30th Dec 2016
Compensation should be increased for power customers affected by prolonged outages, the South Australian Government has said, as residents in the Adelaide Hills endure a third day without electricity.
Thousands of properties remained cut off from the state’s electricity network after wild weather brought down about 350 power lines on Tuesday night.
Some of the towns affected include Stirling, Bridgewater, Crafers and Balhannah, with properties in the state’s Mid North also without power.
About 155,000 properties were blacked out at the peak of the storm and phones, internet services and traffic lights were also affected.
SA Energy Minister Tom Koutsantonis has asked the Essential Services Commission of SA to see whether compensation could be increased to households affected by power outages.
Under the privatisation of the SA power network in 1999, payments to blacked-out households are paid out by the hour for blackouts between 12 and 48 hours.
Mr Koutsantonis said he wanted ESCOSA to remove the limit.
“Whether you’ve had your power out for 90 hours of 48 hours you get the same money,” he said.
“I have today written to ESCOSA asking them to review the general services level payment to see if we can’t remove the cap.”
Businesses suffer large losses in blackout
Many hotels and businesses across South Australia were forced to close as a result of the power outages and perishables have been thrown out, resulting in huge stock losses.
SA Independent Retailers chief executive officer Colin Shearing said several supermarkets had to throw out tens of thousands of dollars worth of stock.
“We’re still experiencing impacts from the previous massive blackout we had in the state,” he said.
“And now with these peculiar storms we’re having, we’re still seeing that the cost of getting the business back operationally is hugely expensive to the business.”
Australian Hotels Association general manager Ian Horne said several pubs were forced to close during one of the busiest trading periods of the year.
He said business insurance would only provide compensation for some of the damage and losses.
“Most businesses you would think would have a component of this, but it wouldn’t cover all of the costs, and what happens is … you make a claim and the premiums go up,” Mr Horne said.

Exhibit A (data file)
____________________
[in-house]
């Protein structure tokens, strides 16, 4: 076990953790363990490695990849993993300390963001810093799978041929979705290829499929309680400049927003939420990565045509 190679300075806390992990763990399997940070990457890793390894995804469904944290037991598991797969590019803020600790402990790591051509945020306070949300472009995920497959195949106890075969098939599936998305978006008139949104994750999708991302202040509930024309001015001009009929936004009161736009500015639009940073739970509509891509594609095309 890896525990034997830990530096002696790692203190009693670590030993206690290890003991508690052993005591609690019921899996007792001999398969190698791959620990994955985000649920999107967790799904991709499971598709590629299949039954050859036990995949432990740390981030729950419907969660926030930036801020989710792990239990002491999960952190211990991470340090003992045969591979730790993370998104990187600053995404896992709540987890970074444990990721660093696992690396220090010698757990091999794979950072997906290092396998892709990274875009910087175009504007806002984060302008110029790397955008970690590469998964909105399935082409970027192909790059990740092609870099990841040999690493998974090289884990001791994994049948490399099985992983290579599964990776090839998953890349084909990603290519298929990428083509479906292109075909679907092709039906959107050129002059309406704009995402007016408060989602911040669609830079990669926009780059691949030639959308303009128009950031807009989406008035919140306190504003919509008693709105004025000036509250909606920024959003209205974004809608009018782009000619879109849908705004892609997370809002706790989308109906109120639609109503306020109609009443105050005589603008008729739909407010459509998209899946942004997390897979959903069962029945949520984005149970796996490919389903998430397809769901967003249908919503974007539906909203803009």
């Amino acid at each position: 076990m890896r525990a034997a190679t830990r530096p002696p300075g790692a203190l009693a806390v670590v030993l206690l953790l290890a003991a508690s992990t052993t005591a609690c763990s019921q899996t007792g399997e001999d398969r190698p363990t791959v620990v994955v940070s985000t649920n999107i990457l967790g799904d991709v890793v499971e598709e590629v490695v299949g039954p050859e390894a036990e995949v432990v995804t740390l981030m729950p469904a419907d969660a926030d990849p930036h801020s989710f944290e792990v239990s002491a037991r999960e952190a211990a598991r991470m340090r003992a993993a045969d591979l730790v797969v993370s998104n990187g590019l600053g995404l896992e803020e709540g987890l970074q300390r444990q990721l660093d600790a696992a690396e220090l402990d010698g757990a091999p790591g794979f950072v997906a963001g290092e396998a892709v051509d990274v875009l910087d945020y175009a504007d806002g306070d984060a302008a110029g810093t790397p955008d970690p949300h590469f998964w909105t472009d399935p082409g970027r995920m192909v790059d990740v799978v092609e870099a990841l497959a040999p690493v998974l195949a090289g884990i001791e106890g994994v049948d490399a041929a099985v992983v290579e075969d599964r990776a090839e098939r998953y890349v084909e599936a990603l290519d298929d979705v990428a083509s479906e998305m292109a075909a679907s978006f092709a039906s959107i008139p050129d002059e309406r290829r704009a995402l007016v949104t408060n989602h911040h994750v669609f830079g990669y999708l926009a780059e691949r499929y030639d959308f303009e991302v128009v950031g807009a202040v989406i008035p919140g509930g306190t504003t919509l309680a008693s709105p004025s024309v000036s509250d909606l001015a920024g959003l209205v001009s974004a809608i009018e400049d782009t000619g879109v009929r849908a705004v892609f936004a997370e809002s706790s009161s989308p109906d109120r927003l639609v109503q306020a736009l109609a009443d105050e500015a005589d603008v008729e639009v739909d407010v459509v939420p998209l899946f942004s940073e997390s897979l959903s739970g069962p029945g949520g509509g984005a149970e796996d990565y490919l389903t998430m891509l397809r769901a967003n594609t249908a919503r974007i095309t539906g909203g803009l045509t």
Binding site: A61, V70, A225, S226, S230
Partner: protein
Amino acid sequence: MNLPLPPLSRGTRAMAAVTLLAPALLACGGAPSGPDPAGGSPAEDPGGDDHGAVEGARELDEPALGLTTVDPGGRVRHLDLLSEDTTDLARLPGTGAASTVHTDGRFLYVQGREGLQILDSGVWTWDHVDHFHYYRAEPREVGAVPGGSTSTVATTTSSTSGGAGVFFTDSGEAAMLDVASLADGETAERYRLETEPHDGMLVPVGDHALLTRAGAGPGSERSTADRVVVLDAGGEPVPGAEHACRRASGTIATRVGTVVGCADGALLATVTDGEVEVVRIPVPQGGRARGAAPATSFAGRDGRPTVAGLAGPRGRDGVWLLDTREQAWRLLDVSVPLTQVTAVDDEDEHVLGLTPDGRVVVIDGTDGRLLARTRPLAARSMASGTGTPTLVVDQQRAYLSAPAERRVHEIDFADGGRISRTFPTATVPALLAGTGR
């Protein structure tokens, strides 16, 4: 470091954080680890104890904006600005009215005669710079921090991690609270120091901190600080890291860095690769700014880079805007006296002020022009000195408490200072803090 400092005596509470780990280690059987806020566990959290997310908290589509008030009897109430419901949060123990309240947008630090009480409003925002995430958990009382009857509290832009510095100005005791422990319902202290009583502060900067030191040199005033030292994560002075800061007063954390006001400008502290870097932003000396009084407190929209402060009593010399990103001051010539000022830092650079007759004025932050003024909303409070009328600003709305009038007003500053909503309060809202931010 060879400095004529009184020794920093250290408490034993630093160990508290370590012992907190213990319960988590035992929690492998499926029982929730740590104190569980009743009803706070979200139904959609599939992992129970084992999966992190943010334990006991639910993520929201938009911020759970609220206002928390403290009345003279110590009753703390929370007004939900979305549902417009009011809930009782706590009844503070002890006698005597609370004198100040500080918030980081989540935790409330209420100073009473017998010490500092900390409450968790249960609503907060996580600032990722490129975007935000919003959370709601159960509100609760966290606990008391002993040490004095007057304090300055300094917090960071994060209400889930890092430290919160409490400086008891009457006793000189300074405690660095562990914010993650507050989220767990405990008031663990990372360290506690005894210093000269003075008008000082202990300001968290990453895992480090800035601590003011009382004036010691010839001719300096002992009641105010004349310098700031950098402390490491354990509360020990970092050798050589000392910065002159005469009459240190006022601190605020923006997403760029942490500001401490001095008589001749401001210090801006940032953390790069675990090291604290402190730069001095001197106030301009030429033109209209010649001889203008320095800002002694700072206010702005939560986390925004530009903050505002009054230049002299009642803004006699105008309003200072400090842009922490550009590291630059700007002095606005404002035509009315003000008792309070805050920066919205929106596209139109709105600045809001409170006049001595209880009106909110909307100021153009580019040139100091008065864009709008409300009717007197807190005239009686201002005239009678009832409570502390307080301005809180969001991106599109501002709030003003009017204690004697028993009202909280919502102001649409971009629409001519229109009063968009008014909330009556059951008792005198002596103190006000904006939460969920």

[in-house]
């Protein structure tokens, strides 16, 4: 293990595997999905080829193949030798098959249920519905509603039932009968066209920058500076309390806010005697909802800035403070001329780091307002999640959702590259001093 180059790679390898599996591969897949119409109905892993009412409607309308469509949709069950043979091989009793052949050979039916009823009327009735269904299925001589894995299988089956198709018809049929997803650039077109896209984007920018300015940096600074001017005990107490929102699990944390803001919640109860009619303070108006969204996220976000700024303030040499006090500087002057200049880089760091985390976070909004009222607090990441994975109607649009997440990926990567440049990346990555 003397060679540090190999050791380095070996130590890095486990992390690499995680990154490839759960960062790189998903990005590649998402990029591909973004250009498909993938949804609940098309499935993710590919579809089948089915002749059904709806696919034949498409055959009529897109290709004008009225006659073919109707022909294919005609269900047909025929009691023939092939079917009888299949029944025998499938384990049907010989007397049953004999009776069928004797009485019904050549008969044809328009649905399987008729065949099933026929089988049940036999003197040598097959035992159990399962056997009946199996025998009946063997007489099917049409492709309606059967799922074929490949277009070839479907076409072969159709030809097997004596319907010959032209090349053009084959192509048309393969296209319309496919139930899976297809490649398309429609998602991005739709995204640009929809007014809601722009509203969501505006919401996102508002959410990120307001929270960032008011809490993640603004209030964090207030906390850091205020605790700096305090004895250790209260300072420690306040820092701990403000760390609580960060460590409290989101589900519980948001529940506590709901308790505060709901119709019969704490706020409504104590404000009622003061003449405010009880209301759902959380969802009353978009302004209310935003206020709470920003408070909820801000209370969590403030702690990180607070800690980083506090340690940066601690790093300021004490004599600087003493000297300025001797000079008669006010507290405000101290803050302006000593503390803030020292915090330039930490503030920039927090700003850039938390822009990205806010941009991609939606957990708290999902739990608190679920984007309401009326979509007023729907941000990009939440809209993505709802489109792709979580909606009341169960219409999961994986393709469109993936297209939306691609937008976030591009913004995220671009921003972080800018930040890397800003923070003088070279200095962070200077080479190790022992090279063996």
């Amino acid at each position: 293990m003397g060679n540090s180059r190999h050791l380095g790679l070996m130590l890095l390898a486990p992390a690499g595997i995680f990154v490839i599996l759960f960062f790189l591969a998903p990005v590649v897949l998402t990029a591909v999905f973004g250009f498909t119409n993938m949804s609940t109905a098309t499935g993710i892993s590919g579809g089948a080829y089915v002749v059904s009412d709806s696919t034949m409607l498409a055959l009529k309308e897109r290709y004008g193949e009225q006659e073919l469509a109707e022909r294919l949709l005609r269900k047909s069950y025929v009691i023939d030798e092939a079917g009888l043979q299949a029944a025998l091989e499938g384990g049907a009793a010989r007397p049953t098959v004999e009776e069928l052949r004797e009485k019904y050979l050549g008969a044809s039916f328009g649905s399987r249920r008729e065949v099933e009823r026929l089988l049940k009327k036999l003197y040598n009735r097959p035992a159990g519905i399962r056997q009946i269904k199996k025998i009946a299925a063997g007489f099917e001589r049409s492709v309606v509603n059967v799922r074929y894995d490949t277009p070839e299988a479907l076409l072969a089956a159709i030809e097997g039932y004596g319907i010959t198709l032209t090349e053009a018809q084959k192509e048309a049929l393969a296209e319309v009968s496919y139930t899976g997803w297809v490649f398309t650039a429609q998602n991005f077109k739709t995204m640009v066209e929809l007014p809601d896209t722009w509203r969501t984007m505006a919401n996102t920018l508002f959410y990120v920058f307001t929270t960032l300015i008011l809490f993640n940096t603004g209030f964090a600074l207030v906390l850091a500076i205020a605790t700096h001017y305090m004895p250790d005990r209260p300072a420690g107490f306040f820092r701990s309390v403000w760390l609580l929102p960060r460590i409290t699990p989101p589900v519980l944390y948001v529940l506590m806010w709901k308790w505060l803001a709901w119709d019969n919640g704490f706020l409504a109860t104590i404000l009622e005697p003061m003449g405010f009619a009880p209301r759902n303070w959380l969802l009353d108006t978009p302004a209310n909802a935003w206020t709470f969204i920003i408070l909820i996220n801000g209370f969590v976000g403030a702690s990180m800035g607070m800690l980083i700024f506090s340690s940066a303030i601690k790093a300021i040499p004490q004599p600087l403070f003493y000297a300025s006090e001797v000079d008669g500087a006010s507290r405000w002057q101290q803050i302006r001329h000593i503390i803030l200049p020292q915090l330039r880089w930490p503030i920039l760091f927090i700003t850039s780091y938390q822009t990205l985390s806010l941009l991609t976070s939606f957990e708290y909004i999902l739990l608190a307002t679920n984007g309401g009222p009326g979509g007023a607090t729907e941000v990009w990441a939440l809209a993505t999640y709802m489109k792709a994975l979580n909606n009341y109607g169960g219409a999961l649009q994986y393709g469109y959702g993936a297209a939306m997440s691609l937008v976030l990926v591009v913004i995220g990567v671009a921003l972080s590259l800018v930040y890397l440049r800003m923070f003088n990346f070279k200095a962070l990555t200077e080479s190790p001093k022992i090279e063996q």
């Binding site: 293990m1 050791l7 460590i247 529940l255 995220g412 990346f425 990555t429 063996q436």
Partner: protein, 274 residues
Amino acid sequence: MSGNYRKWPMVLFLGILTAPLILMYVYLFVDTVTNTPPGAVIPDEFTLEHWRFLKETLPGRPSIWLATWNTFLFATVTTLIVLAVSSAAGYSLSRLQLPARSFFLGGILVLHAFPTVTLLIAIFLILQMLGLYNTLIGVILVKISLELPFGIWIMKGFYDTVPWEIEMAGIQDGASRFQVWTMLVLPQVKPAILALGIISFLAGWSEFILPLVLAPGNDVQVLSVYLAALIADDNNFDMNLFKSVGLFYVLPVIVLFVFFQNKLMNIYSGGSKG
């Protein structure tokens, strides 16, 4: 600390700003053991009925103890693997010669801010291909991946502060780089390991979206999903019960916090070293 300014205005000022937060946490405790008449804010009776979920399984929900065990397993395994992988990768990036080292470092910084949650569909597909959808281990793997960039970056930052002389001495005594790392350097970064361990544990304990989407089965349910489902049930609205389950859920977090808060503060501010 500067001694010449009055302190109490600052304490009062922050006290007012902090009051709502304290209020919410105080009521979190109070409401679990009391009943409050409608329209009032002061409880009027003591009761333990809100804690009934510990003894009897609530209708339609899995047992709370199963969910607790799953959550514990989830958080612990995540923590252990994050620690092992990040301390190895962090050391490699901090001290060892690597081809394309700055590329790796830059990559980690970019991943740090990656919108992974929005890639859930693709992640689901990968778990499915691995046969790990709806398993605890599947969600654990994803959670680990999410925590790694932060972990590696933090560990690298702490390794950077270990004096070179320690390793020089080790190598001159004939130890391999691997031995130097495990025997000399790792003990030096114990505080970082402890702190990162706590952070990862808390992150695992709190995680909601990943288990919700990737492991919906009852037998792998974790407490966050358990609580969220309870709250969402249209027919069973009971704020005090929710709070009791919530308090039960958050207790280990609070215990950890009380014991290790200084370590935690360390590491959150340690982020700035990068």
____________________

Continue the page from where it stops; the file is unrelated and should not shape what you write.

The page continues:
SA Power Networks said on its website that those who had suffered damages or losses as a result of power interruptions could also be entitled for a separate claim of compensation.
Independent federal senator Nick Xenophon said he would join forces with his colleague, SA MLC John Darley, to push for an increase to the level of compensation available.
He also wants increased penalties for electricity distributors if the length of the outage is due to inadequate staffing and resourcing levels.
“A bill will be introduced into the SA Parliament in February to implement the changes, with a safeguard that the costs involved in the increased compensation and penalties must not be passed on to consumers,” Senator Xenophon said.
Hills towns a priority for reconnections
SA Power Networks spokesperson Paul Roberts said they had enough maintenance crews to deal with the damages despite staff cuts earlier this year.
“We have about double the number of field crews that the [State] Government had when it sold the old electricity trust in 1999,” he said.
“We believe we have sufficient resources, and it’s also about how we manage those resources.”
Mr Roberts said there were some single-customer outages that were not considered as high priority as restoring electricity to townships.
“Today we’ll be swinging a huge number of our crews into the Adelaide Hills where there has been significant damage from trees,” he said.
He said some individual properties might not be reconnected until Saturday.